“I Mean, It Could Happen, Couldn’t It?”

T-LO had the good grace not to respond. George Bull, a long-time IU staffer, now retired, coasted up on his snazzy new bike. I pointed out the boarded-up window. “Oh,” he said, “I hadn’t even noticed.”

“I thought it might have been radicals,” I said.

“Hmm,” he said. “Looks more like childish overexuberance on graduation day.”

Sheesh. These people sure know how to throw cold water on a good scoop.

PRETTY PICTURES — HARD SCIENCE

Speaking of Straiker (which sounds like a good name for a blog — I’d better copyright it), he tells us plans have been finalized for an innovative art exhibit at the SOFA Grunwald Gallery. Set to open in August, 2013, the show will be a collaboration between scientists and artists.

Straiker says with the new developments in microscopic imaging for scientific researchers, the potential for compelling art is ripe to be explored. Straiker and a couple of colleagues, Jim Miller, also of the Psychological and Brain Sciences Department, and the botanist Jessica Lucas, have their own exhibit of images on display at Finch’s Brasserie.

Photo Microscopy Image Of Plant Root Hairs By Jessica Lucas

“But we’re just dabblers,” Straiker says. “We’ll partner with real artists for this show. It should be interesting.”

Jim Powers, manager of the IU Light Microscopy Imaging Center, and Lucas, as well as some geologists and a few other scientific researchers, all are slated to participate in the show.

SCIENCE CAFE UPDATE

BTW: Straiker also revealed this morning that the Science Cafe, originally scheduled to resume sessions last month, has been tabled until September. “Everybody wanted to do it in the fall,” Straiker explained. “It’s not easy getting these scientists together on anything. It’s like herding cats.”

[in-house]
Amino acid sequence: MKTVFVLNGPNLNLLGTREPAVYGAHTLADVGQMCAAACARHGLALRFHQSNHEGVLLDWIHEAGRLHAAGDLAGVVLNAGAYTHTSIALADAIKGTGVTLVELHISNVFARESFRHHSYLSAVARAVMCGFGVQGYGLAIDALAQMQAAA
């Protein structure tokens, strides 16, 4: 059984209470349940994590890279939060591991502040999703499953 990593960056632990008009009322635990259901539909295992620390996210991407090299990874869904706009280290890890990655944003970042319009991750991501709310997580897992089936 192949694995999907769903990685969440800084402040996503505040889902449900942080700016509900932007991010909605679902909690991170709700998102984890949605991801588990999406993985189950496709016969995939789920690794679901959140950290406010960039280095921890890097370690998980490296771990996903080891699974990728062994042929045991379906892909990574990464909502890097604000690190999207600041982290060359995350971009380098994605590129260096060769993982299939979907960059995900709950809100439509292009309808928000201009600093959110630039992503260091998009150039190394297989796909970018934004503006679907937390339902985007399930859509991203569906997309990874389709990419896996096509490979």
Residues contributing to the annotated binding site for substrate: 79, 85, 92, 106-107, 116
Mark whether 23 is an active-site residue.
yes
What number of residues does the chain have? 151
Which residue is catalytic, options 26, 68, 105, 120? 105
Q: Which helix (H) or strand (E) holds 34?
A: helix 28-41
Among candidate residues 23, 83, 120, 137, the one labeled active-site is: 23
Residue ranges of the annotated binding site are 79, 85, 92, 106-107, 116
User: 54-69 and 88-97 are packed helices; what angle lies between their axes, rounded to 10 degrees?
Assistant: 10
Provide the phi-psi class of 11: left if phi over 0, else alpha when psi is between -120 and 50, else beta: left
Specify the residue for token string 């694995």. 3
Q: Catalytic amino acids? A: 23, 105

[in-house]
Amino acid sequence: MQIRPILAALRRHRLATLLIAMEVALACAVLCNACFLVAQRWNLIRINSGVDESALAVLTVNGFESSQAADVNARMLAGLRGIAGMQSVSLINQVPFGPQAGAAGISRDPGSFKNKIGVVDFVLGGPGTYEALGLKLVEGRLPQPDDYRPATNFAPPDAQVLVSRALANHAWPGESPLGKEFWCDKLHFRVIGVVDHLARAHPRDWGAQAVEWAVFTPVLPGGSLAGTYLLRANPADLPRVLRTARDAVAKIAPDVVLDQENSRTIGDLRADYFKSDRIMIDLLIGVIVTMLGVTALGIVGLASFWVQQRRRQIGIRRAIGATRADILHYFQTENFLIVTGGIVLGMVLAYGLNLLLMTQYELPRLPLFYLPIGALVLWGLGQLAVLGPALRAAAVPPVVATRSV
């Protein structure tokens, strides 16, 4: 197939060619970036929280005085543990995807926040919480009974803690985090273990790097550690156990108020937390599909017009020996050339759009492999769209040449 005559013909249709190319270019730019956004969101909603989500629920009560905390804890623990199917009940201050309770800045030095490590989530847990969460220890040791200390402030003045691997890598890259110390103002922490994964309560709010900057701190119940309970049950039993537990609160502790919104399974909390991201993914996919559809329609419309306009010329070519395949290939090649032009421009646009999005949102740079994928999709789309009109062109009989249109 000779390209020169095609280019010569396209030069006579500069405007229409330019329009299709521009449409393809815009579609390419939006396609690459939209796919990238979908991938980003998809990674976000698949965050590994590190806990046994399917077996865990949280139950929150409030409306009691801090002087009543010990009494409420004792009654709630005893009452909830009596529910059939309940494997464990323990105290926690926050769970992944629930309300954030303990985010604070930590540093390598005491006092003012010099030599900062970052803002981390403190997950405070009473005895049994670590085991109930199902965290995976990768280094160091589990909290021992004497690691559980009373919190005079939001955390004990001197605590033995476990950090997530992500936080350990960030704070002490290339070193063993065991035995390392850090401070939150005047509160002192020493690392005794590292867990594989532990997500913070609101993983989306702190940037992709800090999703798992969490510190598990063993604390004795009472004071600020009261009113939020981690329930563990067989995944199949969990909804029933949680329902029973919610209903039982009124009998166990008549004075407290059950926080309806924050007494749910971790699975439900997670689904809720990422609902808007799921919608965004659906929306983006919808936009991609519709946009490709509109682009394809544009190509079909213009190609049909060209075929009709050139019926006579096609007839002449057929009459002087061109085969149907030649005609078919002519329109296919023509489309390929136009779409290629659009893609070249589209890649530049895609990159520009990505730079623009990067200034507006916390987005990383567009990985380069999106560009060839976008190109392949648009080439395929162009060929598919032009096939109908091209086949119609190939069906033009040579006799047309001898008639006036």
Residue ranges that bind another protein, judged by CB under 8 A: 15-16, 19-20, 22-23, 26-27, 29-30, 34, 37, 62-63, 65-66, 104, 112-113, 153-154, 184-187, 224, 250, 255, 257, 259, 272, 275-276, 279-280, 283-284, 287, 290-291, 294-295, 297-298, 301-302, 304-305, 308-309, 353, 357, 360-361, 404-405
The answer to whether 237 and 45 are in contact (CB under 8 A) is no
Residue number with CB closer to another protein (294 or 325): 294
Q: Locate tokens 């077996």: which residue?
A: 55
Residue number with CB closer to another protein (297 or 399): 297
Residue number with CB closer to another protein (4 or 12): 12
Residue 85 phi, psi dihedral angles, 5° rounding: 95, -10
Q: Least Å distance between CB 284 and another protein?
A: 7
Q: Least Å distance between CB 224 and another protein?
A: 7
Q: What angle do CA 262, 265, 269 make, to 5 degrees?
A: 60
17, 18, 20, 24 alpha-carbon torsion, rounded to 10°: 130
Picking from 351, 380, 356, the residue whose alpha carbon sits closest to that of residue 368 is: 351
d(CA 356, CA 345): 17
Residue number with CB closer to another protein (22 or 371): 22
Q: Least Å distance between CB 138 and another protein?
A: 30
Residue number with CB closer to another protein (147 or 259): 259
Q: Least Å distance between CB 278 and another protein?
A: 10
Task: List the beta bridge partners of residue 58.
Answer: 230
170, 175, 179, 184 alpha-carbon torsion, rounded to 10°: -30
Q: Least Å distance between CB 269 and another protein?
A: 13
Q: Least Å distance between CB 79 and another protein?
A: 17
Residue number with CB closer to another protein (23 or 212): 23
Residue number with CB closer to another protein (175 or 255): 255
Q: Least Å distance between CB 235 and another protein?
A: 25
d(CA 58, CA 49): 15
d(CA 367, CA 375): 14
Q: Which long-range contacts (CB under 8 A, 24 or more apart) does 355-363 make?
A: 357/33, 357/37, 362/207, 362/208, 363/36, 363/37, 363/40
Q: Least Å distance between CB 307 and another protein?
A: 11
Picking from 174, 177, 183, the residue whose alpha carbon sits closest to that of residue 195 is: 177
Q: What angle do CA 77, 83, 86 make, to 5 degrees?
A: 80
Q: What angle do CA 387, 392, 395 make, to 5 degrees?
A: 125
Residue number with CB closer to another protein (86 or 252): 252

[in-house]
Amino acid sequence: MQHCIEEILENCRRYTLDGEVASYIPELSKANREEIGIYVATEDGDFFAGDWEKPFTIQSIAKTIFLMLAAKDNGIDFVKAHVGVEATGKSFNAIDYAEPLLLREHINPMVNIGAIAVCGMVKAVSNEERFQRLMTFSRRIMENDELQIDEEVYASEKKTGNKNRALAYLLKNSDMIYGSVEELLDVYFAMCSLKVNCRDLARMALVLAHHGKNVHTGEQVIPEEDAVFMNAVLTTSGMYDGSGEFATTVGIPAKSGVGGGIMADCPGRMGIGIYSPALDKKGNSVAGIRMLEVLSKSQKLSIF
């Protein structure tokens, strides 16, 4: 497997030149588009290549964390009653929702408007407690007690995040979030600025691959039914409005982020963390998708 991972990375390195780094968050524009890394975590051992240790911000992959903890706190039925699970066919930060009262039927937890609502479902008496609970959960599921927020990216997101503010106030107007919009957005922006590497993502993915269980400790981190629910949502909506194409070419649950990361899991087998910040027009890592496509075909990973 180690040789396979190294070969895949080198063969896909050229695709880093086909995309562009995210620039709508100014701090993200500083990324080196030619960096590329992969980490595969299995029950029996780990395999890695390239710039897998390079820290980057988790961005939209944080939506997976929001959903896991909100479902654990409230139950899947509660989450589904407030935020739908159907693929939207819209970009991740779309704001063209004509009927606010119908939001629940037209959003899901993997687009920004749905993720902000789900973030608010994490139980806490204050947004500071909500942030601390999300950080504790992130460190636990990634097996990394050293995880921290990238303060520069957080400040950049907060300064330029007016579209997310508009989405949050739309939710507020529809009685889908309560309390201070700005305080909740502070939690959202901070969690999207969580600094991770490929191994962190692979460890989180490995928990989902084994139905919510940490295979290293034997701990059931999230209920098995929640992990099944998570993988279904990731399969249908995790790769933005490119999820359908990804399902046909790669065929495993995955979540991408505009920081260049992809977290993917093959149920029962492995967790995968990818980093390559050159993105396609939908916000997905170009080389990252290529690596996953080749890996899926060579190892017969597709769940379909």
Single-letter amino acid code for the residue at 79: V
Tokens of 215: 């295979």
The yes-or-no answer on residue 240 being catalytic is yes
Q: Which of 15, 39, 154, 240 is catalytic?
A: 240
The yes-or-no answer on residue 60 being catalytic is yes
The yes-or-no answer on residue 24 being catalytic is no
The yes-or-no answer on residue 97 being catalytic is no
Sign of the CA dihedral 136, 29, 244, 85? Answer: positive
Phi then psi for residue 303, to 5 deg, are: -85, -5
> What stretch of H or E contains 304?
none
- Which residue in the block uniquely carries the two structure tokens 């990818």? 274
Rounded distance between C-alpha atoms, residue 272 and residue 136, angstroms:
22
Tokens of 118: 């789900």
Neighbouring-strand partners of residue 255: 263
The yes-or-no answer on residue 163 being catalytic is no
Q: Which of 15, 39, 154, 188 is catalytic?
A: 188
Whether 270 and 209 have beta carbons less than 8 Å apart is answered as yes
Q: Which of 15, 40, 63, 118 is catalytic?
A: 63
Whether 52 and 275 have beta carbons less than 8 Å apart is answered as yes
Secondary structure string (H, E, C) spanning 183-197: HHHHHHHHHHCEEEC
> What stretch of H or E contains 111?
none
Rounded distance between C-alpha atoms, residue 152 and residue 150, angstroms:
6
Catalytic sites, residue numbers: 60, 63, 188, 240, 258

The Science Cafe will be held monthly at Rachael’s Cafe. Each session will feature a researcher speaking about a specific topic. The idea is to bring science to the public. I can’t wait.

Electron Pencil event listings: Music, art, movies, lectures, parties, receptions, benefits, plays, meetings, fairs, conspiracies, rituals, etc.

Sunday, May 6, 2012

IU Mathers Museum of World CulturesExhibits, “Blended Harmonies: Music and Religion in Nepal”; through July 1st — “Esse Quam Videri (To Be, Rather than To Be Seen): Muslim Self Portraits; through June 17th — “From the Big Bang to the World Wide Web: The Origins of Everything”; through July 1st

IU Kinsey Institute GalleryExhibit, “Man as Object: Reversing the Gaze”; through June 29th

◗ Ivy Tech Waldron Arts Center Exhibits at various galleries: Angela Hendrix-Petry, Benjamin Pines, Nate Johnson, and Yang Chen; all through May 29th

Angela Hendrix-Petry With Chloe & Jasper

The Venue Fine Arts & GiftsExhibit, Daniel Lager; through May 17th

The Solution LabConference, Bloomington Startup Weekend, for developers, designers, entrepreneurs, etc.; through Sunday

Cafe DjangoBrunch guitar, Peter Kienie; 11am-1pm

Sembower FieldIUBaseball vs. Nebraska; 1pm

TC Steele State Historic SiteSunday Hiking Series: The Birds and the Trees for Nature Lovers, led by IU’s Jules Erwin; 1-3pm

Monroe County History CenterReception, Historic Preservation Month, keynote address by Duncan Campbell of Ball State University’s Center for Historic Preservation; exhibit, Bloomington Fading photos; 3pm

Bloomington Fading

IU Neal-Marshall Black Culture CenterListening & dancing to Ritmos Unidos; 4pm

Emeriti HouseJuried art show, works by retired IU faculty and staff; 5:30-7:30pm

The Player’s PubRichard Dugger Band; 6pm

Bear’s PlaceRyder Film Series, “444 The Last day on Earth”; 7pm